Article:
This development of acousmatic sound can be considered in the breaking down of the dualism of strict nature–culture-separation that Negarestani’s texts are addressing and questioning, as it becomes difficult to determine anything as artificial, or having a smaller or greater degree of artificiality. On the phonographic plane, chimeras abound. The recording surface functions not as a subject but as a machine. As the philosopher of media Friedrich Kittler states, “the phonograph does not hear as our ears that have been trained immediately to filter voices, words and sounds out of noise; it registers acoustic events as such.” (3)

The Doubled Subject

Reading Negarestani’s text for the work “Hinge,” titled “Nature, its man and his goat – Enigmata of natural and cultural chimeras,” we are presented with an argument that the domains of nature and culture are not in a symmetrical relationship to one another. In the context of Hecker’s sound works, this asymmetry could be found in the materiality of the auditory medium on one hand and the formal, abstract elements of the conceptual content on the other. After an introductory paragraph setting the scene, Negarestani’s text bifurcates into two columns, presenting his case from the perspectives of nature and culture respectively.

“From the perspective of nature, the scission between nature and culture is illusory and fictitious,” beings the column titled “Nature.” Nature denotes ontological monism: nature is what it is and that is all, all determinations and differentiations take place within nature, there is nothing transcending the plane of nature. Yet, for Negarestani, it is right because of this fundamental ontological undifferentiatedness of nature that we need an epistemological method of breaking away from it in order to navigate it, that is, in order to use our reason. As the “Culture” column states: “One can say that separation from nature is a necessary illusion whose construction is essential for providing the rational subject with an epistemological vantage point into a nature […].” (4)

The constructing of the rational point of view is a question of fabrication, as the subject needs to operate between two different domains, ontological and epistemological. Negarestani nominates rationality as the ratio of the human subject’s separation from nature; separation that becomes necessary in order to make any distinctions within what he calls the “desert of nature.” Here appears a bifurcation of the subject, who must become double, to produce itself as a chimera in order to be able to appear to itself. In cognition the subject recognizes itself thinking.

In “Hinge” we observe a structure corresponding to this subjective chimerization. The audio content presents us both of the viewpoints of nature and culture simultaneously, in two separate audio channels, but with both bleeding into each other by the migration of one voice’s qualities into the other in a chimeric mix. The speakers are recorded in isolated anechoic chambers, epistemological devices that resemble the thinking subject’s auto-affection (as Jacques Derrida calls it), the self-awareness of “myself” as the relation between thinking “I” and experiencing “I”. In fact, when reporting on the demolishing of Harvard University’s anechoic chamber, famous for John Cage’s visit there, the student newspaper The Harvard Crimson characterized it as “the only place at Harvard where you could hear yourself think.”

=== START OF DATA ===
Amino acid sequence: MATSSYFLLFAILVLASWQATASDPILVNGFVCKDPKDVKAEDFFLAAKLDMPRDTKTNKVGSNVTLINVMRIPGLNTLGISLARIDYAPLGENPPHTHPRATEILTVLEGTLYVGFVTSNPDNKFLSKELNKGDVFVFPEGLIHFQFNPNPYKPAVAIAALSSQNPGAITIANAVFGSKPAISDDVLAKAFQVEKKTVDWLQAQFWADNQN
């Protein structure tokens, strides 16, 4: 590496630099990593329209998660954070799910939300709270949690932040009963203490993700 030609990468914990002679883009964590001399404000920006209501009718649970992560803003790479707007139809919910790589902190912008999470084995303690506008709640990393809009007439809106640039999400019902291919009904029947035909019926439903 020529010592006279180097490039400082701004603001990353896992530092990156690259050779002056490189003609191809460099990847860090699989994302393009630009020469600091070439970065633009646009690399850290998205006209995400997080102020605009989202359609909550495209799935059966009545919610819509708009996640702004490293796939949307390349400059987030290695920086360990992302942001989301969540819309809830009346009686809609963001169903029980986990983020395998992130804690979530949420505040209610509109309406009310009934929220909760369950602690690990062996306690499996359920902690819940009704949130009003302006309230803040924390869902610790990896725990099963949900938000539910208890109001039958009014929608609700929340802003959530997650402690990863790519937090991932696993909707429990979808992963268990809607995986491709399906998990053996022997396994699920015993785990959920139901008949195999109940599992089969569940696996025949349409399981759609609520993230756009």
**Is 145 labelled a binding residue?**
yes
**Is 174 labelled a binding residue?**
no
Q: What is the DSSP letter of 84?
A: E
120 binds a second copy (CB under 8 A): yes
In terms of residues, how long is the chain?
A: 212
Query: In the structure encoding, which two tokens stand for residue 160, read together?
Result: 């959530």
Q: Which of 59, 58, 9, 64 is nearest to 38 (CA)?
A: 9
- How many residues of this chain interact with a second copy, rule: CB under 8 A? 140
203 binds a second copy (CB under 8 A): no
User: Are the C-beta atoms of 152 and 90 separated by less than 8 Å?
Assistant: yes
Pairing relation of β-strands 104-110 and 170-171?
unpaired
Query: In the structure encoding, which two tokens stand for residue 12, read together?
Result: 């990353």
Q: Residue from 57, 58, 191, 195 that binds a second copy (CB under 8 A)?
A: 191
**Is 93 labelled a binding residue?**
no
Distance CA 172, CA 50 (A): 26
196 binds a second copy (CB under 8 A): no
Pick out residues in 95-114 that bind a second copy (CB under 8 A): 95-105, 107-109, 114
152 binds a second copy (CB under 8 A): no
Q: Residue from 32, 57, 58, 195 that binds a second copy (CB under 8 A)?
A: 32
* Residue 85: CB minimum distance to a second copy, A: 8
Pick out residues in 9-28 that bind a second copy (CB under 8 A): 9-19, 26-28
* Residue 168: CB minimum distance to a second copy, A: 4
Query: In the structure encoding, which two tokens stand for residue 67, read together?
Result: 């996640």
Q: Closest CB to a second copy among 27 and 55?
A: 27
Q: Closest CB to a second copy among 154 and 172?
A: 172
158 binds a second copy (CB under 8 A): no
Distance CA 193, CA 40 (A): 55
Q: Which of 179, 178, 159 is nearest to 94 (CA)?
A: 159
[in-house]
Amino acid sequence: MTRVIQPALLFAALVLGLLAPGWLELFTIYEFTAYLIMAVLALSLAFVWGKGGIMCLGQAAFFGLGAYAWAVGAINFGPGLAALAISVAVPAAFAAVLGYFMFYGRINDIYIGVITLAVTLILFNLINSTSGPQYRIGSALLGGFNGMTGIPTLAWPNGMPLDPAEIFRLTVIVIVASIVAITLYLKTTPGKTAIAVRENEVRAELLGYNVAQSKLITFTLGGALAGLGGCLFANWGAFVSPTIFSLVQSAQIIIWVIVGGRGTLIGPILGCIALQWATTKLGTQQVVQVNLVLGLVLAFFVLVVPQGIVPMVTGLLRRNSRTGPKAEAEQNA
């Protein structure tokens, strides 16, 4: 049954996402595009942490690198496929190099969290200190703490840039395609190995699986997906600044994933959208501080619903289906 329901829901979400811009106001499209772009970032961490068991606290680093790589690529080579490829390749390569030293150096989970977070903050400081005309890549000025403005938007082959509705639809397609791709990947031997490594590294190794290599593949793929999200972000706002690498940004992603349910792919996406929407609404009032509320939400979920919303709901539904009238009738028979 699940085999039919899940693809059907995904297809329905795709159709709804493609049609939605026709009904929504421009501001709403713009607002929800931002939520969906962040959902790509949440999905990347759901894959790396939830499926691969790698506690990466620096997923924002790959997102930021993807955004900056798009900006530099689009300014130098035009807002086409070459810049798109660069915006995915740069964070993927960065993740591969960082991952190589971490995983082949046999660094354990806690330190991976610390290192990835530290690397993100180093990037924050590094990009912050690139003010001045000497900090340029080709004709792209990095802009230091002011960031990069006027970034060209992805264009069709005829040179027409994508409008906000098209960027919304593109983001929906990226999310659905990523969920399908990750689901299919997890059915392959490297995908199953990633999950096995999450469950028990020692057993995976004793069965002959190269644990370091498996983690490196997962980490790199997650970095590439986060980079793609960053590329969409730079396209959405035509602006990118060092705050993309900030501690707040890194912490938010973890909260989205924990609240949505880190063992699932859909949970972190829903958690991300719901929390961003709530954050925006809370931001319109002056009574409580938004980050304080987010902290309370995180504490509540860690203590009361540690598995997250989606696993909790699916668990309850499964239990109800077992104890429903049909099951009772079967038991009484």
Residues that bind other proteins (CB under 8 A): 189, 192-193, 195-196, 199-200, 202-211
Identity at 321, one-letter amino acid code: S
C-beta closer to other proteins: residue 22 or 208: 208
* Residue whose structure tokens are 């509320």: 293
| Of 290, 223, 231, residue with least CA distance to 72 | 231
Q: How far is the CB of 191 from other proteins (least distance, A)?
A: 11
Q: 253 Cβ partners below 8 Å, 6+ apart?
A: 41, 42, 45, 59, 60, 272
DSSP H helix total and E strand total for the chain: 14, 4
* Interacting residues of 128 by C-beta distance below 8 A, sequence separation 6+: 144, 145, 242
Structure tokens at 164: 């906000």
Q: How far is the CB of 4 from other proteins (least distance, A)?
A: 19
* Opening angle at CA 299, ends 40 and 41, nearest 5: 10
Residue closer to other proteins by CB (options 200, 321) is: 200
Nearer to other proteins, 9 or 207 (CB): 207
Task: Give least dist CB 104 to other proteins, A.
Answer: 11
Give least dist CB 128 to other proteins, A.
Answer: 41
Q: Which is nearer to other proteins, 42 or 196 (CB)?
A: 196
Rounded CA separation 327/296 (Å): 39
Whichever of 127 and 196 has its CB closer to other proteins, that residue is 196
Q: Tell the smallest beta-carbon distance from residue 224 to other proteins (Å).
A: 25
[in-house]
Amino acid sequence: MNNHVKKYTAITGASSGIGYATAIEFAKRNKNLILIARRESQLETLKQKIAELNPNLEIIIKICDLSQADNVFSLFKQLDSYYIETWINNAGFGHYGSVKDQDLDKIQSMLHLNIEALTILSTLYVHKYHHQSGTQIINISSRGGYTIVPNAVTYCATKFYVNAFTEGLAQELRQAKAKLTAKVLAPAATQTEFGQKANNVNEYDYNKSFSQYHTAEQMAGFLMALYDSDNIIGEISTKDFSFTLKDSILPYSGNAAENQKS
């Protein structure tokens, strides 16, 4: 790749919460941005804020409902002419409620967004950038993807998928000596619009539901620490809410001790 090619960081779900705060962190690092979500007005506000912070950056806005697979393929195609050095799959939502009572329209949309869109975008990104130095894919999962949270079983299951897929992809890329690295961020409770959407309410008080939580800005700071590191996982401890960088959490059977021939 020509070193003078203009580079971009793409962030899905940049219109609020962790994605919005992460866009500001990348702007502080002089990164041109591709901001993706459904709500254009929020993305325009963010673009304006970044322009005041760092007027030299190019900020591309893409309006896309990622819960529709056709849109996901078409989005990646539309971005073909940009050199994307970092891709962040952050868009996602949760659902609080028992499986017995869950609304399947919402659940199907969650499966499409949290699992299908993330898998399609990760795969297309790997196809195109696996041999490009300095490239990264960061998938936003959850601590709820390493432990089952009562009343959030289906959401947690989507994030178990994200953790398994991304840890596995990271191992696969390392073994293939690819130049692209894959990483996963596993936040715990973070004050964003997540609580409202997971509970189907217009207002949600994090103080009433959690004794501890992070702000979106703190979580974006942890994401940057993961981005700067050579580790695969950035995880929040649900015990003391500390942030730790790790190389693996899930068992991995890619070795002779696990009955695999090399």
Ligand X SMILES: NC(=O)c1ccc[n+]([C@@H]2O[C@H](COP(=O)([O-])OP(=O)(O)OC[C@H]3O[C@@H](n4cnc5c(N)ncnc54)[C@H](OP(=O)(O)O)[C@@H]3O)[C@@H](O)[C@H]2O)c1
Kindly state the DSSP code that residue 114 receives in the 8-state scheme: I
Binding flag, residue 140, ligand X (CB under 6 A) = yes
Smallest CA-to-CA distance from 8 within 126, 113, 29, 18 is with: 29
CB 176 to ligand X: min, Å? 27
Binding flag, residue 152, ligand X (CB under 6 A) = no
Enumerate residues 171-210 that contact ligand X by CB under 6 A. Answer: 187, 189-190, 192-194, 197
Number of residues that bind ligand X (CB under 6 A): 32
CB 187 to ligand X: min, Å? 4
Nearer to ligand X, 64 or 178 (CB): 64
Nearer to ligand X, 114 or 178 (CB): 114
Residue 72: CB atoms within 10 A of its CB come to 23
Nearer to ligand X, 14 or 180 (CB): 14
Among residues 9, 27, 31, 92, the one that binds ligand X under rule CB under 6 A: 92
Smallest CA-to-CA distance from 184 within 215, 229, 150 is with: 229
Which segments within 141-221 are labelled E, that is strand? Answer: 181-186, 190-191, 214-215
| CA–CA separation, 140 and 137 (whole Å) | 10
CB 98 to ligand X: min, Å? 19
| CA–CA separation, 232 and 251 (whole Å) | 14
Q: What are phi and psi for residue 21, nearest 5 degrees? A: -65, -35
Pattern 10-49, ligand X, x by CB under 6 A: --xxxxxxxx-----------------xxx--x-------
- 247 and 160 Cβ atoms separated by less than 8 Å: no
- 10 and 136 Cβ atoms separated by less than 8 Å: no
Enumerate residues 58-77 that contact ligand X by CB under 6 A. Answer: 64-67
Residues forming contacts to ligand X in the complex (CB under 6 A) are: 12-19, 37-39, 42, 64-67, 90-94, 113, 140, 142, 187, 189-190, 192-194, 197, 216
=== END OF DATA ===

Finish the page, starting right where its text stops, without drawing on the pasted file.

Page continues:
Yet, as the audio chimerizations so evident and uncanny in Hecker’s work with voice attest to, the subject’s epistemological separation from nature exists in a constant struggle of manufacturing itself. What we hear as the chimerical hinge bringing together the two separated domains is voice, or multiple voices, overtaken by distortions and queasy inflections. The computational process of extracting qualities from one voice and transforming the other one with them, and vice versa, returns our hearing experience into the material noise of voice as it is defamiliarized or alienated, chimeric. Speech contains both significance and materiality, but in reception the former is emphasized: words and concepts are filtered out of the noise produced by the organs of articulation. Yet, in noise, in the bodily material domain, the self-recognition of the speaking subject turns out to contain the Other or the Outside: the non-signifying regime of smacking lips, wheezing breaths and chattering teeth. Negarestani’s conception of the boundless nature comes to the fore in Hecker’s chimerized voices. Voice, the most subjective external manifestation of word as the outcome of thought and language, emerges from and disappears into the materiality of noise.

(1) Michel Chion: ”The Three Listening Modes” in Audio-Vision (New York: Columbia UP, 1994), pp. 25–34.
(2) Pierre Schaeffer: ”Acousmatics” in Christoph Cox and Daniel Warner (eds.) Audio Culture (London: Continuum, 2004), p. 78.
(3) Friedrich Kittler: Gramophone, Film, Typewriter (Stanford: Stanford UP, 1999), p. 23.
(4) Florian Hecker: Chimerizations (New York: Primary Information, 2013), p. 293.


1) Florian Hecker: Untitled (F.A.N.N.) (2013), photo by Kunsthal Aarhus.

2) Florian Hecker: Hecker Leckey Sound Voice Chimera (2013), image processed by SIFT Flow algorithm, photo by Lena Deinhardstein, MUMOK.

3) Florian Hecker: Speculative Solution (2011), compact disc, booklet, 5 metal balls (ø 3,969mm). Designed by Tina Frank, Florian Hecker and Elvira Stein. Photo by Tina Frank.

4) Florian Hecker & Ben M. Jordan: chimerized typeface Replica Chimera Light. (2013)

5) Florian Hecker: Hinge (2013), image processed by SIFT Flow algorithm, photo by Florian Hecker.